So, if my insurance demands a copay of $300, Galena will step up & make my first few scripts “free” to me – then collect $2,200 from the insurance company! (Or a bit less, maybe, if they’ve negotiated a lower rate.) Of course, if this “compassionate” discount goes away after the first few scripts, what am I going to do, quit? Oh, I don’t think so. (When I worked on the railroad in the 70’s the dealers who hung around the yard used the same trick – minus the insurance angle of course…)

    Here’s another thing: If Fentanyl costs that much at the pharmacy window, how much do you think it fetches on the black market? And how big is the temptation for a broke disabled person (drowning in medical debt and facing foreclosure, maybe) to sell their script? Fentanyl is one of the scariest pharmaceutical drugs now being sold on the street, from Duragesic patches to heroin cut with Fentanyl, which has killed 22 people in Pennsylvania in the past few weeks with similar outbreaks in other areas.

    A small (but not that small!) number of doctors funnel these drugs onto the street knowingly and consciously; a larger number end up doing so inadvertently. But drug companies in the past decade or so have made millions, maybe billions, with the added luxury of not having to know where the money is coming from. Or, well, not exactly …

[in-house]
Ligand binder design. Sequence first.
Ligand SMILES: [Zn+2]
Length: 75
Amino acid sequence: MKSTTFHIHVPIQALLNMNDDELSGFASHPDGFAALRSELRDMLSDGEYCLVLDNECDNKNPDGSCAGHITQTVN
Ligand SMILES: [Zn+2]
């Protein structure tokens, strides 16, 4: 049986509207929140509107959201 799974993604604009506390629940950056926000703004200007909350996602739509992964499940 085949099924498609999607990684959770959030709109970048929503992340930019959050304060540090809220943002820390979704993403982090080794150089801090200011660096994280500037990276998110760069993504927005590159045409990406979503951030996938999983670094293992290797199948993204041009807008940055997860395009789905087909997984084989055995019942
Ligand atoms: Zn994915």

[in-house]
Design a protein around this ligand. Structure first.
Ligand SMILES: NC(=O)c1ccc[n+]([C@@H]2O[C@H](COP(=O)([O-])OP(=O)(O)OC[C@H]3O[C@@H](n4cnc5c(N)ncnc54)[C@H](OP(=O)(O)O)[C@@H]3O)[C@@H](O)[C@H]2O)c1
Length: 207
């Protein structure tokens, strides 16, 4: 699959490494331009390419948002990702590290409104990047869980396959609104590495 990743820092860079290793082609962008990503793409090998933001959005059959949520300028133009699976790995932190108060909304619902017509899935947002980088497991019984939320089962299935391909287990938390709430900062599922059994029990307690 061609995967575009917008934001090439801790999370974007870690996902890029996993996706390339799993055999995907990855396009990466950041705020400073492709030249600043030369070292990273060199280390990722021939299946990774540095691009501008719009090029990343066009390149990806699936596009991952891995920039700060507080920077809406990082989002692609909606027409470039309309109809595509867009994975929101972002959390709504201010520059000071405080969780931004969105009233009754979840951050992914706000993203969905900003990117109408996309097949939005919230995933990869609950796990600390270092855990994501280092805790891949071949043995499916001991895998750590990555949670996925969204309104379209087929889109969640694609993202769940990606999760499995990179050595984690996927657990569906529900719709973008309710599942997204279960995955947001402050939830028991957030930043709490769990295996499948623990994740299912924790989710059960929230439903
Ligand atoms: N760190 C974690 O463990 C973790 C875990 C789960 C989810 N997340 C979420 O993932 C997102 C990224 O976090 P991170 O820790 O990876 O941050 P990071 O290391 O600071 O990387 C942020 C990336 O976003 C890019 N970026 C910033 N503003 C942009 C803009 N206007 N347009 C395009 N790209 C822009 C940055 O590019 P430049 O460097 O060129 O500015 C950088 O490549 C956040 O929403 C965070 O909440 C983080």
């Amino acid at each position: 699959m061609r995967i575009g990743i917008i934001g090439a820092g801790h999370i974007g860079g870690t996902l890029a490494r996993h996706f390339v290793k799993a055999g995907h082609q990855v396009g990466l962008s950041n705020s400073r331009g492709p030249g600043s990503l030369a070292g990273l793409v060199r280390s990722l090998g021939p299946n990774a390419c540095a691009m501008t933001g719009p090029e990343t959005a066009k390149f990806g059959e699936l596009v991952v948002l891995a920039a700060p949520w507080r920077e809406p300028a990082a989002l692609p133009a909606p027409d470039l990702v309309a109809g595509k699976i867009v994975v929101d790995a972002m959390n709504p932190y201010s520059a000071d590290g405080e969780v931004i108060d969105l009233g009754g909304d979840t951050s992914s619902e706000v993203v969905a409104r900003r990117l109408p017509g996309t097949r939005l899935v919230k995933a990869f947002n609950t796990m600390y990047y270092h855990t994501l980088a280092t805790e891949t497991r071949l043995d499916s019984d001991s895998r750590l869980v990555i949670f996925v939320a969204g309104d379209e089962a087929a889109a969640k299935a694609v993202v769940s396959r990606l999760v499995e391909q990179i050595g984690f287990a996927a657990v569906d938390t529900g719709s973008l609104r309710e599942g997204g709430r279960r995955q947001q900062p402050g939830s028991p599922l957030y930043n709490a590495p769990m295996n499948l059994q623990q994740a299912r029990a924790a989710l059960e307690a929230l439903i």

5. My story is almost a mirror image of Barbara’s with one big difference…..I still take 30mg of morphine 4 times a day everyday. I have been searching for years for a non opiate and/or all natural alternative without success…..yet. My pain management doctor told me the FDA just approved a new medical device that is very similar to transcranial magnetic stimulation that we both hope might be the alternative answer I have been searching for. Now all we have to do is find out where you get the darned thing. I have tried so very many different medications and treatments in an effort to live an opiate free life with a tolerable pain level always to end up back on the emergency room merry go round within six or seven months. I even tried a 21 day inpatient lidocaine infusion treatment which left me with a tolerable level of pain for four months,,,,,but then it wasn’t tolerable anymore and I felt like my only choices were suicide or the emergency room. So here I am walking along the worlds most dangerous tightrope….suicide and intolerable pain on one side, addiction and all its associated trappings on the other, and hell underneath. I see a psychologist specializing in dealing with pain, I meditate and practice mindfulness everyday, I have a spiritual practice, I work with a nutritionist to optimize my diet to reduce inflammation, I practice yoga, and I still live on morphine everyday. All I want is to find a way to function daily without morphine and have a pain level that is tolerable. As of now, I’m still searching and praying that I can stay on top of that tightrope one more day.